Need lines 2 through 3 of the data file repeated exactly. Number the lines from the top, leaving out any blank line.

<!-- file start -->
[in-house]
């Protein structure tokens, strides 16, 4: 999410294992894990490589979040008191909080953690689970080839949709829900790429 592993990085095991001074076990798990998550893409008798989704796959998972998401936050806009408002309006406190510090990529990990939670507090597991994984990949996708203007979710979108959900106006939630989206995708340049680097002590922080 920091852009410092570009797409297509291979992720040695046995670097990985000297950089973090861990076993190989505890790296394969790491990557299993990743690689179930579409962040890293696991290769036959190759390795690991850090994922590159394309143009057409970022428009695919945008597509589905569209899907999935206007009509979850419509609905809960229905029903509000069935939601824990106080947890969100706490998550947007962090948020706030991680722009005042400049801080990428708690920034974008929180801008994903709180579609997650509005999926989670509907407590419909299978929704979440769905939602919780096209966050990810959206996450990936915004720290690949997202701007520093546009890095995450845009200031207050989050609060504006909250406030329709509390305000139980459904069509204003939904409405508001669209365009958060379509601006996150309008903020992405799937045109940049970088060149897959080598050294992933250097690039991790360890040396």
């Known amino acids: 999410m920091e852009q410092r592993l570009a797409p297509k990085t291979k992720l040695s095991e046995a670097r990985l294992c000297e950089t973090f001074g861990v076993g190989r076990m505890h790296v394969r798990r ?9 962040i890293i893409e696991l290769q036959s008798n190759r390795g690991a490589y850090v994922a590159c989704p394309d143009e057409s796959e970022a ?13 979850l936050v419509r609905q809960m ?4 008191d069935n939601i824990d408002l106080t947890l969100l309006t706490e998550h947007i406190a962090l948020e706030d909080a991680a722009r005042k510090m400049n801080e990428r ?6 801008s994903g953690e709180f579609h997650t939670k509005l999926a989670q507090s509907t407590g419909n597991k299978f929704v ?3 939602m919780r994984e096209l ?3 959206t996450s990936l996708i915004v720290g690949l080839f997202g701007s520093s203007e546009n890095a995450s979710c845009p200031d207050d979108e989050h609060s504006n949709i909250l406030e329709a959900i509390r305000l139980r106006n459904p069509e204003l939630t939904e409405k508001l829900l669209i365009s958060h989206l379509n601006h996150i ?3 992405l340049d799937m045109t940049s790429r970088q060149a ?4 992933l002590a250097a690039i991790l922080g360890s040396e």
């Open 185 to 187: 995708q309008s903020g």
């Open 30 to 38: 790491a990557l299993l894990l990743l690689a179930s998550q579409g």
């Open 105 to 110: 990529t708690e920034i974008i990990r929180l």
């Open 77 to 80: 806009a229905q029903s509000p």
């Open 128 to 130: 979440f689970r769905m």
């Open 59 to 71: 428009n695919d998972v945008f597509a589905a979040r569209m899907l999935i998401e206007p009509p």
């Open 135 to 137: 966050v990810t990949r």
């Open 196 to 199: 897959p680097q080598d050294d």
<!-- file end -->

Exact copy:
């Protein structure tokens, strides 16, 4: 999410294992894990490589979040008191909080953690689970080839949709829900790429 592993990085095991001074076990798990998550893409008798989704796959998972998401936050806009408002309006406190510090990529990990939670507090597991994984990949996708203007979710979108959900106006939630989206995708340049680097002590922080 920091852009410092570009797409297509291979992720040695046995670097990985000297950089973090861990076993190989505890790296394969790491990557299993990743690689179930579409962040890293696991290769036959190759390795690991850090994922590159394309143009057409970022428009695919945008597509589905569209899907999935206007009509979850419509609905809960229905029903509000069935939601824990106080947890969100706490998550947007962090948020706030991680722009005042400049801080990428708690920034974008929180801008994903709180579609997650509005999926989670509907407590419909299978929704979440769905939602919780096209966050990810959206996450990936915004720290690949997202701007520093546009890095995450845009200031207050989050609060504006909250406030329709509390305000139980459904069509204003939904409405508001669209365009958060379509601006996150309008903020992405799937045109940049970088060149897959080598050294992933250097690039991790360890040396």
């Known amino acids: 999410m920091e852009q410092r592993l570009a797409p297509k990085t291979k992720l040695s095991e046995a670097r990985l294992c000297e950089t973090f001074g861990v076993g190989r076990m505890h790296v394969r798990r ?9 962040i890293i893409e696991l290769q036959s008798n190759r390795g690991a490589y850090v994922a590159c989704p394309d143009e057409s796959e970022a ?13 979850l936050v419509r609905q809960m ?4 008191d069935n939601i824990d408002l106080t947890l969100l309006t706490e998550h947007i406190a962090l948020e706030d909080a991680a722009r005042k510090m400049n801080e990428r ?6 801008s994903g953690e709180f579609h997650t939670k509005l999926a989670q507090s509907t407590g419909n597991k299978f929704v ?3 939602m919780r994984e096209l ?3 959206t996450s990936l996708i915004v720290g690949l080839f997202g701007s520093s203007e546009n890095a995450s979710c845009p200031d207050d979108e989050h609060s504006n949709i909250l406030e329709a959900i509390r305000l139980r106006n459904p069509e204003l939630t939904e409405k508001l829900l669209i365009s958060h989206l379509n601006h996150i ?3 992405l340049d799937m045109t940049s790429r970088q060149a ?4 992933l002590a250097a690039i991790l922080g360890s040396e």